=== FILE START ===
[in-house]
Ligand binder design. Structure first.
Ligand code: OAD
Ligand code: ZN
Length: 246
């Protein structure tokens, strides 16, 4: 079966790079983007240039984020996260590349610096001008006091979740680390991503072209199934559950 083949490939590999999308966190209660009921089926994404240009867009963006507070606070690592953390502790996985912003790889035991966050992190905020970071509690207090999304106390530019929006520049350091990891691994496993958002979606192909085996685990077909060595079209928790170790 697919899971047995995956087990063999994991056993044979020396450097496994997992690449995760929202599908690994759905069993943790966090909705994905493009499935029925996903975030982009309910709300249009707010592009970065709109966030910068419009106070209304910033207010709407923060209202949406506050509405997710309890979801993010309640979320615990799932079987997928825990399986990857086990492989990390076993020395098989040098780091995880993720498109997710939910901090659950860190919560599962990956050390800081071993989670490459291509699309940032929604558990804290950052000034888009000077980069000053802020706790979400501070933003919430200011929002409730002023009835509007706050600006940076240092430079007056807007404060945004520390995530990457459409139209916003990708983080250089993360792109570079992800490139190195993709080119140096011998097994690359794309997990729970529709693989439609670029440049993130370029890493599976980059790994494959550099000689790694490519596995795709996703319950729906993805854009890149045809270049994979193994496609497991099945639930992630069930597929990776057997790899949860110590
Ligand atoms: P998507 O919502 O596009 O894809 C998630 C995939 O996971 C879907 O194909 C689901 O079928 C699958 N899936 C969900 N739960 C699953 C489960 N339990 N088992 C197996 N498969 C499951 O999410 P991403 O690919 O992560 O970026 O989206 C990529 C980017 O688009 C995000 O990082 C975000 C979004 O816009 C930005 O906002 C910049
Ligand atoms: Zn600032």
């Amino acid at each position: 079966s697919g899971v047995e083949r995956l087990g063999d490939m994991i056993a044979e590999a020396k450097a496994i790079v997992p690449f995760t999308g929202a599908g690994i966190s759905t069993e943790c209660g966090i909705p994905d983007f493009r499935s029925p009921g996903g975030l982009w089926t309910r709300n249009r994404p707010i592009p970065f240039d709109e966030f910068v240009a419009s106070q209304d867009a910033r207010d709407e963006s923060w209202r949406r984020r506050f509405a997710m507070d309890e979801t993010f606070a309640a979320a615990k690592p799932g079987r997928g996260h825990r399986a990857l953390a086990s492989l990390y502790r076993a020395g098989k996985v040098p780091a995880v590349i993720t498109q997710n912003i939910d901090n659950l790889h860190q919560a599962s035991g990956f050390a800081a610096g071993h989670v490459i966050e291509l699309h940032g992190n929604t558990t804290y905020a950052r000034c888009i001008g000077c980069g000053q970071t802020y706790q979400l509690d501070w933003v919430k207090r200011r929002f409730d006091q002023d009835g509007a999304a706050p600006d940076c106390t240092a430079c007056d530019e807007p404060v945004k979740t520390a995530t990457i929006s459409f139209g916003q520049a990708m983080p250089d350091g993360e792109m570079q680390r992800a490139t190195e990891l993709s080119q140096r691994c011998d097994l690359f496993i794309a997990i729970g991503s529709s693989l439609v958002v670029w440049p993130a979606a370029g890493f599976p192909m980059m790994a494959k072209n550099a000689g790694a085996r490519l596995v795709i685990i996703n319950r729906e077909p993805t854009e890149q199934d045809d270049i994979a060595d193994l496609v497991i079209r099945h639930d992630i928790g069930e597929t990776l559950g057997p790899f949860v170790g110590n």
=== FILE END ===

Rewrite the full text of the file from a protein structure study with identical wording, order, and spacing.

[in-house]
Ligand binder design. Structure first.
Ligand code: OAD
Ligand code: ZN
Length: 246
């Protein structure tokens, strides 16, 4: 079966790079983007240039984020996260590349610096001008006091979740680390991503072209199934559950 083949490939590999999308966190209660009921089926994404240009867009963006507070606070690592953390502790996985912003790889035991966050992190905020970071509690207090999304106390530019929006520049350091990891691994496993958002979606192909085996685990077909060595079209928790170790 697919899971047995995956087990063999994991056993044979020396450097496994997992690449995760929202599908690994759905069993943790966090909705994905493009499935029925996903975030982009309910709300249009707010592009970065709109966030910068419009106070209304910033207010709407923060209202949406506050509405997710309890979801993010309640979320615990799932079987997928825990399986990857086990492989990390076993020395098989040098780091995880993720498109997710939910901090659950860190919560599962990956050390800081071993989670490459291509699309940032929604558990804290950052000034888009000077980069000053802020706790979400501070933003919430200011929002409730002023009835509007706050600006940076240092430079007056807007404060945004520390995530990457459409139209916003990708983080250089993360792109570079992800490139190195993709080119140096011998097994690359794309997990729970529709693989439609670029440049993130370029890493599976980059790994494959550099000689790694490519596995795709996703319950729906993805854009890149045809270049994979193994496609497991099945639930992630069930597929990776057997790899949860110590
Ligand atoms: P998507 O919502 O596009 O894809 C998630 C995939 O996971 C879907 O194909 C689901 O079928 C699958 N899936 C969900 N739960 C699953 C489960 N339990 N088992 C197996 N498969 C499951 O999410 P991403 O690919 O992560 O970026 O989206 C990529 C980017 O688009 C995000 O990082 C975000 C979004 O816009 C930005 O906002 C910049
Ligand atoms: Zn600032």
């Amino acid at each position: 079966s697919g899971v047995e083949r995956l087990g063999d490939m994991i056993a044979e590999a020396k450097a496994i790079v997992p690449f995760t999308g929202a599908g690994i966190s759905t069993e943790c209660g966090i909705p994905d983007f493009r499935s029925p009921g996903g975030l982009w089926t309910r709300n249009r994404p707010i592009p970065f240039d709109e966030f910068v240009a419009s106070q209304d867009a910033r207010d709407e963006s923060w209202r949406r984020r506050f509405a997710m507070d309890e979801t993010f606070a309640a979320a615990k690592p799932g079987r997928g996260h825990r399986a990857l953390a086990s492989l990390y502790r076993a020395g098989k996985v040098p780091a995880v590349i993720t498109q997710n912003i939910d901090n659950l790889h860190q919560a599962s035991g990956f050390a800081a610096g071993h989670v490459i966050e291509l699309h940032g992190n929604t558990t804290y905020a950052r000034c888009i001008g000077c980069g000053q970071t802020y706790q979400l509690d501070w933003v919430k207090r200011r929002f409730d006091q002023d009835g509007a999304a706050p600006d940076c106390t240092a430079c007056d530019e807007p404060v945004k979740t520390a995530t990457i929006s459409f139209g916003q520049a990708m983080p250089d350091g993360e792109m570079q680390r992800a490139t190195e990891l993709s080119q140096r691994c011998d097994l690359f496993i794309a997990i729970g991503s529709s693989l439609v958002v670029w440049p993130a979606a370029g890493f599976p192909m980059m790994a494959k072209n550099a000689g790694a085996r490519l596995v795709i685990i996703n319950r729906e077909p993805t854009e890149q199934d045809d270049i994979a060595d193994l496609v497991i079209r099945h639930d992630i928790g069930e597929t990776l559950g057997p790899f949860v170790g110590n």